Borrowing a page from militants, a village chief threatens Shell over naming rights for the country's first well.
SOURCE: AP/Rich Clabaugh–STAFF
When foreign prospectors struck oil deep below the red earth and lush green forest of southern Nigeria, local residents held a wild all-night party that still brings toothless smiles to the wrinkled faces of village elders.
Decades later, a peeling signboard at Nigeria's rusted oil well No. 1 bears the name Oloibiri, after this riverside village in southern Nigeria. But villagers in nearby Otabagi say the well is on their land and they want the local Royal Dutch Shell unit, to rename it.
What's behind a naming-rights dispute after so many years? The villagers suspect that high oil prices mean that Shell may reopen the well – shut down in 1977 – and that could mean more cash payments.
The village dispute is a microcosm of many larger fights here over getting a "fair share" of Nigeria's oil wealth. On Thursday, a militant group launched a rare attack on a Shell offshore oil installation. Shell told the Associated Press that it had shut down production from the Bonga Field, which normally produces about 200,000 barrels of crude per day.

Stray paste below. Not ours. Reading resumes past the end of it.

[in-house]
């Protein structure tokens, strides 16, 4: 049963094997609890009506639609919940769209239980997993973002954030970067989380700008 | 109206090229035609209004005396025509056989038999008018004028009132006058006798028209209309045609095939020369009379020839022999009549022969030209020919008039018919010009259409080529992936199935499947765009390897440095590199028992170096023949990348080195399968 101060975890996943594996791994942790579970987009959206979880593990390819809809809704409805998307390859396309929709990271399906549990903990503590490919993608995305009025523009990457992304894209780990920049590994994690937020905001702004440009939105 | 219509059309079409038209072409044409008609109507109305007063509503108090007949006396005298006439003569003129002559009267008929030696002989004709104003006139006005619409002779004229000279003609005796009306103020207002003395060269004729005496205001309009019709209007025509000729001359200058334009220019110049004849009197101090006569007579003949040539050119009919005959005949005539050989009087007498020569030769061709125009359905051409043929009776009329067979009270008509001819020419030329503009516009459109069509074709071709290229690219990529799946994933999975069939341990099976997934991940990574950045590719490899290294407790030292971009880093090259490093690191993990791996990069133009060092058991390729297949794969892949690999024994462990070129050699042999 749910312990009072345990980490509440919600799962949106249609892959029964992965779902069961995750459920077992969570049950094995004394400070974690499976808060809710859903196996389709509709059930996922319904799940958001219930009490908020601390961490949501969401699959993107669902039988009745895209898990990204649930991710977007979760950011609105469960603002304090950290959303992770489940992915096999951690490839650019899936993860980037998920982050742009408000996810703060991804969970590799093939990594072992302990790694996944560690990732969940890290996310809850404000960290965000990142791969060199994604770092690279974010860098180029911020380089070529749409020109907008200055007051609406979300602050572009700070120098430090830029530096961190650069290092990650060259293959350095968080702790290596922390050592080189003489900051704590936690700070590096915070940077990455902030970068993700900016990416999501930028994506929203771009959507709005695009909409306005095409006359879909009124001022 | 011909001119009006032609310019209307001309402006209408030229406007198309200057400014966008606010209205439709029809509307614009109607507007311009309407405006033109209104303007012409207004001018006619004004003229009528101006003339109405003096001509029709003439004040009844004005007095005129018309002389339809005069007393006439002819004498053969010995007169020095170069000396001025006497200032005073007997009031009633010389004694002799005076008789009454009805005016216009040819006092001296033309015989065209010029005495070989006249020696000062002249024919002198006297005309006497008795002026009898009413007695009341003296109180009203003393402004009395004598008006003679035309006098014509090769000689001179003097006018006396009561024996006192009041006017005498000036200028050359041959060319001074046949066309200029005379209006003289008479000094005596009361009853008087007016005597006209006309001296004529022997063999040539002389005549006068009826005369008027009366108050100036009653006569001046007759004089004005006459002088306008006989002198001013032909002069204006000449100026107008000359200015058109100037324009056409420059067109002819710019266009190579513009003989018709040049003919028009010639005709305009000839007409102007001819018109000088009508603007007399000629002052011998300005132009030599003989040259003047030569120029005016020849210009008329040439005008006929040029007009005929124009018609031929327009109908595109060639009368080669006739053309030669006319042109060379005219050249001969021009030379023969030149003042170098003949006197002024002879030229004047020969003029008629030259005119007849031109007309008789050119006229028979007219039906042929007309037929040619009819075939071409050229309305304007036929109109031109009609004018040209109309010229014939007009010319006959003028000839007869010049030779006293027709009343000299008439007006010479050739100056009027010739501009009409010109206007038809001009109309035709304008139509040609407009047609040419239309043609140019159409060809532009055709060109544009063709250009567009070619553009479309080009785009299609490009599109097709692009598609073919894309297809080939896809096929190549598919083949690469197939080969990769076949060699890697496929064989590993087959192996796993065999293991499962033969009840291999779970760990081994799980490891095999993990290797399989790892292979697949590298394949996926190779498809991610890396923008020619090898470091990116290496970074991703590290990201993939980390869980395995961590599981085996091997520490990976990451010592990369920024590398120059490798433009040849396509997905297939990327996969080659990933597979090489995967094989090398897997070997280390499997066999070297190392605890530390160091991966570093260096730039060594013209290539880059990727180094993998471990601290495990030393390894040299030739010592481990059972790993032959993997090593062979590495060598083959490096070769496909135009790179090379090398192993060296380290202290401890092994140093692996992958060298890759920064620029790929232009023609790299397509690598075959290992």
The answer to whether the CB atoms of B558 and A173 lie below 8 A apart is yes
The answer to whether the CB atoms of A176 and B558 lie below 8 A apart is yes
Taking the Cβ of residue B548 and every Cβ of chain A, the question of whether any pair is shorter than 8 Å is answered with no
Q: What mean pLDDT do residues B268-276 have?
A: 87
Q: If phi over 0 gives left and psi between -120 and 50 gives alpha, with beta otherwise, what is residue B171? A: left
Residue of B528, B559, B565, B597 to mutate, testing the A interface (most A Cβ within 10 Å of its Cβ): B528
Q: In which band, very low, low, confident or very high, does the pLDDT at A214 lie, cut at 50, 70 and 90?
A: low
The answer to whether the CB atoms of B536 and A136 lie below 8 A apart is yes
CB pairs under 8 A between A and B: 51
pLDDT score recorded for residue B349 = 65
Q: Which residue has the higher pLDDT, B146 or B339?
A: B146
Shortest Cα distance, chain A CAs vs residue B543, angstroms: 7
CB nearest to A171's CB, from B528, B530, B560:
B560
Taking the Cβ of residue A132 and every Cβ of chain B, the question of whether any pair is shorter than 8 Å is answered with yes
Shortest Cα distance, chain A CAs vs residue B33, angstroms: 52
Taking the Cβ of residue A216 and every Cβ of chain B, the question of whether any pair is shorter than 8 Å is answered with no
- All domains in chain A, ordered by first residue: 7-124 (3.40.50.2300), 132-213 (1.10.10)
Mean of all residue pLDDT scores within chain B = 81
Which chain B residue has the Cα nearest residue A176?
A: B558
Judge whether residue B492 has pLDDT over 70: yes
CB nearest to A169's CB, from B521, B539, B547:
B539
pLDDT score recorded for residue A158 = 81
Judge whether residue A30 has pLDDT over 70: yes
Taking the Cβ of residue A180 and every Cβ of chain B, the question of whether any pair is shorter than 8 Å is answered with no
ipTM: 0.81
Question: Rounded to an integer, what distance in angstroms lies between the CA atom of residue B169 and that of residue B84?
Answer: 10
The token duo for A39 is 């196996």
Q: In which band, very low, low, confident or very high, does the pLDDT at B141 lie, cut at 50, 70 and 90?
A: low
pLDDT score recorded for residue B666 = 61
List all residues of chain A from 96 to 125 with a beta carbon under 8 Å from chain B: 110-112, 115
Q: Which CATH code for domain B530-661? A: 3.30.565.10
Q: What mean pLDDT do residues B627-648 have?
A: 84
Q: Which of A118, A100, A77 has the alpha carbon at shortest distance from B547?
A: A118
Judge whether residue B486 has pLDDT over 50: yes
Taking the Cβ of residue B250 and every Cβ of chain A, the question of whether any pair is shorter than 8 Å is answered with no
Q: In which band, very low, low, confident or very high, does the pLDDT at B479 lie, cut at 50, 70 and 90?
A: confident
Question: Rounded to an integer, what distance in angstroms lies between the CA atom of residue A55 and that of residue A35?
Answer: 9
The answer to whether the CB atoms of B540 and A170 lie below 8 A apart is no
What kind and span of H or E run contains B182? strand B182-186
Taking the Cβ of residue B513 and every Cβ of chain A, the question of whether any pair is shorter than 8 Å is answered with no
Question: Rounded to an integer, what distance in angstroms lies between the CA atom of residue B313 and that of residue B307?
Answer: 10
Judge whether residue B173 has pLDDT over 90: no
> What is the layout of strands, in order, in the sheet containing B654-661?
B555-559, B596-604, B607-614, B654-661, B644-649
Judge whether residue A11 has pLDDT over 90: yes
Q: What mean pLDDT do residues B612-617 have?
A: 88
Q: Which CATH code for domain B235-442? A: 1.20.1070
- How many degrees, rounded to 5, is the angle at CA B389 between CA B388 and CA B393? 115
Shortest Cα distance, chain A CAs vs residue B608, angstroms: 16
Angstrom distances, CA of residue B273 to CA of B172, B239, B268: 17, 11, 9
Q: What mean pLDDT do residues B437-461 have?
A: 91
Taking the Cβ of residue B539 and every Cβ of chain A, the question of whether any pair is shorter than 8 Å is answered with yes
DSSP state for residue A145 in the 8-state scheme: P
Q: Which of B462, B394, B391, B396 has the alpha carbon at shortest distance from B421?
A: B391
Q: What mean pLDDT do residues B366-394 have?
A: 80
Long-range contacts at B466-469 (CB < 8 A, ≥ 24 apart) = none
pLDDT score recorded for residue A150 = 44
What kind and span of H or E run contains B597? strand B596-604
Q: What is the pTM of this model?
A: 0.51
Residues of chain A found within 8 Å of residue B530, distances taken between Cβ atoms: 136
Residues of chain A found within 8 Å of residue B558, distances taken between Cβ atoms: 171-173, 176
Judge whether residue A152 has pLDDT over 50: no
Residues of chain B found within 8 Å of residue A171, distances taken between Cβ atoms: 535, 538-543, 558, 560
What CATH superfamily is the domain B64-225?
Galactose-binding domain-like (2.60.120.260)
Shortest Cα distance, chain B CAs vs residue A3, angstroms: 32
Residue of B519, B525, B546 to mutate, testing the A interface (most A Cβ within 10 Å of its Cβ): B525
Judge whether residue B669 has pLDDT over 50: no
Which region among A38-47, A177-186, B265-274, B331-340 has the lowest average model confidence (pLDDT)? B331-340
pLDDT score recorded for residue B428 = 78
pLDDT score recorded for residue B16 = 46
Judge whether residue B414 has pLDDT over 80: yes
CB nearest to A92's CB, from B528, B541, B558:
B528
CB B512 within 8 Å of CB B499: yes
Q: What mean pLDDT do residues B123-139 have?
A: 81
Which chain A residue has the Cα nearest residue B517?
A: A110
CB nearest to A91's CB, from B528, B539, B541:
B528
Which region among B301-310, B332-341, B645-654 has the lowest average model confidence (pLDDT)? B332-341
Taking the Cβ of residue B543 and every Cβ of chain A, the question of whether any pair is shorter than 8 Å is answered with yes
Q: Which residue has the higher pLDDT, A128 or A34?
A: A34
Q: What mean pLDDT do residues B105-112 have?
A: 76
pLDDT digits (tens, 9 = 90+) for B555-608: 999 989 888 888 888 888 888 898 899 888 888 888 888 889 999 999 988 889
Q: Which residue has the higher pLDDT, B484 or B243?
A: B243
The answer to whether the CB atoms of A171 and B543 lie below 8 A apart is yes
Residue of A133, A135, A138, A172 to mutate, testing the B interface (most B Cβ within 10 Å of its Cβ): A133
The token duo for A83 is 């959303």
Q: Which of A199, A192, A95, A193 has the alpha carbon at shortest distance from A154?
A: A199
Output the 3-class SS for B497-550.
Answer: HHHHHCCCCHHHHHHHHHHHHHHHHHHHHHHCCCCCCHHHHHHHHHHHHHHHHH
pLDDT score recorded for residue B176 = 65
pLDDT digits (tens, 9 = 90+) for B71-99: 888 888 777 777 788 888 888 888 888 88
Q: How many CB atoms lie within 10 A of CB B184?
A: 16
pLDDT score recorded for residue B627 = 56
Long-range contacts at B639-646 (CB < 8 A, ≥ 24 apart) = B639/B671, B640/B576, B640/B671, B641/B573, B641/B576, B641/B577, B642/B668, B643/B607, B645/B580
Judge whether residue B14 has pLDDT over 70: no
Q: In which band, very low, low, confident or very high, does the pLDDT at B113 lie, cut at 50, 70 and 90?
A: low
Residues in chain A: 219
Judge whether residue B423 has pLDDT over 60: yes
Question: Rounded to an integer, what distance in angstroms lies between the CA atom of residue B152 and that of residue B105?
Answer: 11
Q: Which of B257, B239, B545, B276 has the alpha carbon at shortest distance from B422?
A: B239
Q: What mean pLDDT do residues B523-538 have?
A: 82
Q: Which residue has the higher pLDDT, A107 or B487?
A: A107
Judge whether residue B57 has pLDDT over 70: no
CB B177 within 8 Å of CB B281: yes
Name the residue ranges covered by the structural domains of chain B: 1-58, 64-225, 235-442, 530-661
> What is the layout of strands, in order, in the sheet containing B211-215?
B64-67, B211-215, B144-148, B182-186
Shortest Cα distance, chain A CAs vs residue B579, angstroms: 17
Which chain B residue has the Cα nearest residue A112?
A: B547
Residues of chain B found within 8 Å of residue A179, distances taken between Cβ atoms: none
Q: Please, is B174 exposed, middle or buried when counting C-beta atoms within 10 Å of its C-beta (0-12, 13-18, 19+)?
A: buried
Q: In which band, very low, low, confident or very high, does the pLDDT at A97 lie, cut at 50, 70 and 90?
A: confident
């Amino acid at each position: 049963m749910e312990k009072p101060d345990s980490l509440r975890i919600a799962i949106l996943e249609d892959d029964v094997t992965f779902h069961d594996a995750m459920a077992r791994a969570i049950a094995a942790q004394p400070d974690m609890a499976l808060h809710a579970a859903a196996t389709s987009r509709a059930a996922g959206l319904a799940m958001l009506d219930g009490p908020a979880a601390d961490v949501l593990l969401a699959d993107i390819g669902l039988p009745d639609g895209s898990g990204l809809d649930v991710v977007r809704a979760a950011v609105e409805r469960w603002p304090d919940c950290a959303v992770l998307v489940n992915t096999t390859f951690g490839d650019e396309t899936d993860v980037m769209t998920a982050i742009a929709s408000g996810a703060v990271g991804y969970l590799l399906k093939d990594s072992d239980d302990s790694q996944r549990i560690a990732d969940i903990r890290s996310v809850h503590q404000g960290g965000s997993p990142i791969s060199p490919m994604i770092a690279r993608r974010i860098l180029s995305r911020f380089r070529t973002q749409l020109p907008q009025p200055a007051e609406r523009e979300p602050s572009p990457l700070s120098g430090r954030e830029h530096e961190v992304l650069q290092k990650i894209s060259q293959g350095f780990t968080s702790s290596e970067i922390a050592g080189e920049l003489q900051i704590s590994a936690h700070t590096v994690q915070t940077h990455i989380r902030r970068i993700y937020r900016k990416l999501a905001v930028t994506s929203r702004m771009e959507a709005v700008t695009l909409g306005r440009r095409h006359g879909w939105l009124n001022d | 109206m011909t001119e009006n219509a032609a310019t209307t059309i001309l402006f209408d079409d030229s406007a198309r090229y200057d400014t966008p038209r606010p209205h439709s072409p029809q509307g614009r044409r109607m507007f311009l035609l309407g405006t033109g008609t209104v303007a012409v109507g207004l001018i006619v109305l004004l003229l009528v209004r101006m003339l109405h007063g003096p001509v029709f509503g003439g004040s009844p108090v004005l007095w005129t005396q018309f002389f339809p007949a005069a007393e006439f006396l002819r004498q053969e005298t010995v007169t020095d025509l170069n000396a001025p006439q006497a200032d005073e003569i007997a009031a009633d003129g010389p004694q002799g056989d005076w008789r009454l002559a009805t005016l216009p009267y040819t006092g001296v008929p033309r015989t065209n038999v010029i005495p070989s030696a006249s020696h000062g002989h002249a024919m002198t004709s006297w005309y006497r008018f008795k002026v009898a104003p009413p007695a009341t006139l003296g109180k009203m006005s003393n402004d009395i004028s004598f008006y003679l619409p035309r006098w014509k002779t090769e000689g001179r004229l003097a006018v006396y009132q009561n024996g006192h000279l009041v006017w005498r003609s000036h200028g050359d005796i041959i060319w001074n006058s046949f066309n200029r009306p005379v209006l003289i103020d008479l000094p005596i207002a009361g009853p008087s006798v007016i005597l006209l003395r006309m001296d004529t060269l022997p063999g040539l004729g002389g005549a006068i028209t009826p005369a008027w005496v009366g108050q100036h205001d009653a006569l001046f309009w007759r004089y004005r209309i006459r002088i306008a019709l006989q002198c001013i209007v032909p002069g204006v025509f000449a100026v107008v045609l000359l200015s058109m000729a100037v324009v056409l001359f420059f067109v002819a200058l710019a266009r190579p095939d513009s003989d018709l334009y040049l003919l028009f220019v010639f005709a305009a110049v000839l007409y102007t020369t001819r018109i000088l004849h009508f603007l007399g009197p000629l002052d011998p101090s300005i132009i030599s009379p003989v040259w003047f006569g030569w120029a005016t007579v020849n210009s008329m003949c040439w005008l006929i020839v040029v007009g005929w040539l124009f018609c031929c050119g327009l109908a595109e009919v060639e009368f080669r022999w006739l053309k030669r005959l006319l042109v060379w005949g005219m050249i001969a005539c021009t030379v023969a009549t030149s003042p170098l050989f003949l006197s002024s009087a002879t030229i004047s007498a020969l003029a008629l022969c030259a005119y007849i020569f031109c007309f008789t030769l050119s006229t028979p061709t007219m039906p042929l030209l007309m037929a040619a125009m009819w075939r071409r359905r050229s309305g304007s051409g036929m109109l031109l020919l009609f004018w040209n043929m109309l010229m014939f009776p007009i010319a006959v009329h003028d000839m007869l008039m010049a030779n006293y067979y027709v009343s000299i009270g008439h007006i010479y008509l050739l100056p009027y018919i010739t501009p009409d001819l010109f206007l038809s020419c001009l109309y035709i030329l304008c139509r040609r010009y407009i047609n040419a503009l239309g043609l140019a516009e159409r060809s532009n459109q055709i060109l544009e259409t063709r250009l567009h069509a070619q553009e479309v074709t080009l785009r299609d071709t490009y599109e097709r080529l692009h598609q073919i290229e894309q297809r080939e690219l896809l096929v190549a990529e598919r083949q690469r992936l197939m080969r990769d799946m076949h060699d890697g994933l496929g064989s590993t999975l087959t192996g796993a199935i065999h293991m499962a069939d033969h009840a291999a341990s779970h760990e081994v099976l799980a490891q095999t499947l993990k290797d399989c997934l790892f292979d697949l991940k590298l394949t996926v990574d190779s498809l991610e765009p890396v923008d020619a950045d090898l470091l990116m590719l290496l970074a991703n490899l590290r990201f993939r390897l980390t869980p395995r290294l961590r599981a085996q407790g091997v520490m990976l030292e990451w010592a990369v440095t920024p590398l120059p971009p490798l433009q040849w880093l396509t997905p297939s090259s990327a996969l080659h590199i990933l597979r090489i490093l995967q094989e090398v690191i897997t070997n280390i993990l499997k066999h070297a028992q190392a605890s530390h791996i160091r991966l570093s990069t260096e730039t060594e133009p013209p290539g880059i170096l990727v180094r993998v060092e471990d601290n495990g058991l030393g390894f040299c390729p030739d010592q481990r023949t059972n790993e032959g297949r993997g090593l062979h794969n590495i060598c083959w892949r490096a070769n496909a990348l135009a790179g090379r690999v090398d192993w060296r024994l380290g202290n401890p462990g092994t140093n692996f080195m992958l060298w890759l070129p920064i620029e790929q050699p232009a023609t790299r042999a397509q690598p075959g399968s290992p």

The field accounts for about 10 percent of Nigeria's current daily output of around 2 million barrels per day – already significantly down from the amount produced before years of militant attacks degraded the oil infrastructure.
The Movement for the Emancipation of the Niger Delta, a militant group, told the Monitor in an emailed statement that they had kidnapped an American worker from a vessel they encountered while returning home from the attack. The US State Department confirmed that an American citizen had been taken hostage.
Meanwhile, the two squabbling villages make vague threats toward Shell, too, fueled by a similar sense of inequity.
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